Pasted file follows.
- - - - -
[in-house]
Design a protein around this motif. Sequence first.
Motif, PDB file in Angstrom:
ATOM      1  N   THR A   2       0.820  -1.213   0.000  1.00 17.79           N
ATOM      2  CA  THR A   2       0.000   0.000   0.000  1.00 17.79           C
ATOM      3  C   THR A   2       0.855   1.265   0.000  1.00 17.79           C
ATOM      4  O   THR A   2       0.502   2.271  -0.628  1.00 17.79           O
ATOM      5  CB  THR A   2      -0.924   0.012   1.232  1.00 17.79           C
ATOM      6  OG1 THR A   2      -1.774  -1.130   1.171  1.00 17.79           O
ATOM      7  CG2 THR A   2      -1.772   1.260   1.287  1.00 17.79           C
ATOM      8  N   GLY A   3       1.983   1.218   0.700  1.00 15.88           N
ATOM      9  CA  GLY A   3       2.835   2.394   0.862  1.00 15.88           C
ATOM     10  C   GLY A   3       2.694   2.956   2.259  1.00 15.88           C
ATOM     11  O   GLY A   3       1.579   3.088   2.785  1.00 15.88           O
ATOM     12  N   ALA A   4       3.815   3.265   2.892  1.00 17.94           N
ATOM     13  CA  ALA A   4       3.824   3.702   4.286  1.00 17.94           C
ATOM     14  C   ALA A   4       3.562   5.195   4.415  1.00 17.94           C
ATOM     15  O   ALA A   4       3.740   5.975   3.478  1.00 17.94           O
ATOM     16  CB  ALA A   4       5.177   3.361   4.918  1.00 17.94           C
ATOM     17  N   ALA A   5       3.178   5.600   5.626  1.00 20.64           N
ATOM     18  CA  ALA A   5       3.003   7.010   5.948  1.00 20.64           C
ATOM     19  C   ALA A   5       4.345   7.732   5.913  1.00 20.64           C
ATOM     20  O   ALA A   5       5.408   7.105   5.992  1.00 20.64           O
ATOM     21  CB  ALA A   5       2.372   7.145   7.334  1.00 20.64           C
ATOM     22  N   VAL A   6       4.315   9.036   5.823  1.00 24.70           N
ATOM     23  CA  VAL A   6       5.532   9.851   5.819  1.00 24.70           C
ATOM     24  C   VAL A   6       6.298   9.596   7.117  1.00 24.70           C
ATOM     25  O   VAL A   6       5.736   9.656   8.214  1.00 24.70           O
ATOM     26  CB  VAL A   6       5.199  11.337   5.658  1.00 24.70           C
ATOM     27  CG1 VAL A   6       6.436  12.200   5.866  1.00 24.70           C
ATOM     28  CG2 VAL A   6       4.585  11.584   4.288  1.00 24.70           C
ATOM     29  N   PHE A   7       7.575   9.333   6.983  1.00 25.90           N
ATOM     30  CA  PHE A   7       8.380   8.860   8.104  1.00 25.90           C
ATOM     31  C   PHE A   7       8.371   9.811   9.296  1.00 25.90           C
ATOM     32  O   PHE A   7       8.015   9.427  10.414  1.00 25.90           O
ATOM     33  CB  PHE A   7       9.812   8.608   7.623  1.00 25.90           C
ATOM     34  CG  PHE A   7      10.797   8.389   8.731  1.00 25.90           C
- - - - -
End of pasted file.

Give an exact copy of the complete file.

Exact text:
[in-house]
Design a protein around this motif. Sequence first.
Motif, PDB file in Angstrom:
ATOM      1  N   THR A   2       0.820  -1.213   0.000  1.00 17.79           N
ATOM      2  CA  THR A   2       0.000   0.000   0.000  1.00 17.79           C
ATOM      3  C   THR A   2       0.855   1.265   0.000  1.00 17.79           C
ATOM      4  O   THR A   2       0.502   2.271  -0.628  1.00 17.79           O
ATOM      5  CB  THR A   2      -0.924   0.012   1.232  1.00 17.79           C
ATOM      6  OG1 THR A   2      -1.774  -1.130   1.171  1.00 17.79           O
ATOM      7  CG2 THR A   2      -1.772   1.260   1.287  1.00 17.79           C
ATOM      8  N   GLY A   3       1.983   1.218   0.700  1.00 15.88           N
ATOM      9  CA  GLY A   3       2.835   2.394   0.862  1.00 15.88           C
ATOM     10  C   GLY A   3       2.694   2.956   2.259  1.00 15.88           C
ATOM     11  O   GLY A   3       1.579   3.088   2.785  1.00 15.88           O
ATOM     12  N   ALA A   4       3.815   3.265   2.892  1.00 17.94           N
ATOM     13  CA  ALA A   4       3.824   3.702   4.286  1.00 17.94           C
ATOM     14  C   ALA A   4       3.562   5.195   4.415  1.00 17.94           C
ATOM     15  O   ALA A   4       3.740   5.975   3.478  1.00 17.94           O
ATOM     16  CB  ALA A   4       5.177   3.361   4.918  1.00 17.94           C
ATOM     17  N   ALA A   5       3.178   5.600   5.626  1.00 20.64           N
ATOM     18  CA  ALA A   5       3.003   7.010   5.948  1.00 20.64           C
ATOM     19  C   ALA A   5       4.345   7.732   5.913  1.00 20.64           C
ATOM     20  O   ALA A   5       5.408   7.105   5.992  1.00 20.64           O
ATOM     21  CB  ALA A   5       2.372   7.145   7.334  1.00 20.64           C
ATOM     22  N   VAL A   6       4.315   9.036   5.823  1.00 24.70           N
ATOM     23  CA  VAL A   6       5.532   9.851   5.819  1.00 24.70           C
ATOM     24  C   VAL A   6       6.298   9.596   7.117  1.00 24.70           C
ATOM     25  O   VAL A   6       5.736   9.656   8.214  1.00 24.70           O
ATOM     26  CB  VAL A   6       5.199  11.337   5.658  1.00 24.70           C
ATOM     27  CG1 VAL A   6       6.436  12.200   5.866  1.00 24.70           C
ATOM     28  CG2 VAL A   6       4.585  11.584   4.288  1.00 24.70           C
ATOM     29  N   PHE A   7       7.575   9.333   6.983  1.00 25.90           N
ATOM     30  CA  PHE A   7       8.380   8.860   8.104  1.00 25.90           C
ATOM     31  C   PHE A   7       8.371   9.811   9.296  1.00 25.90           C
ATOM     32  O   PHE A   7       8.015   9.427  10.414  1.00 25.90           O
ATOM     33  CB  PHE A   7       9.812   8.608   7.623  1.00 25.90           C
ATOM     34  CG  PHE A   7      10.797   8.389   8.731  1.00 25.90           C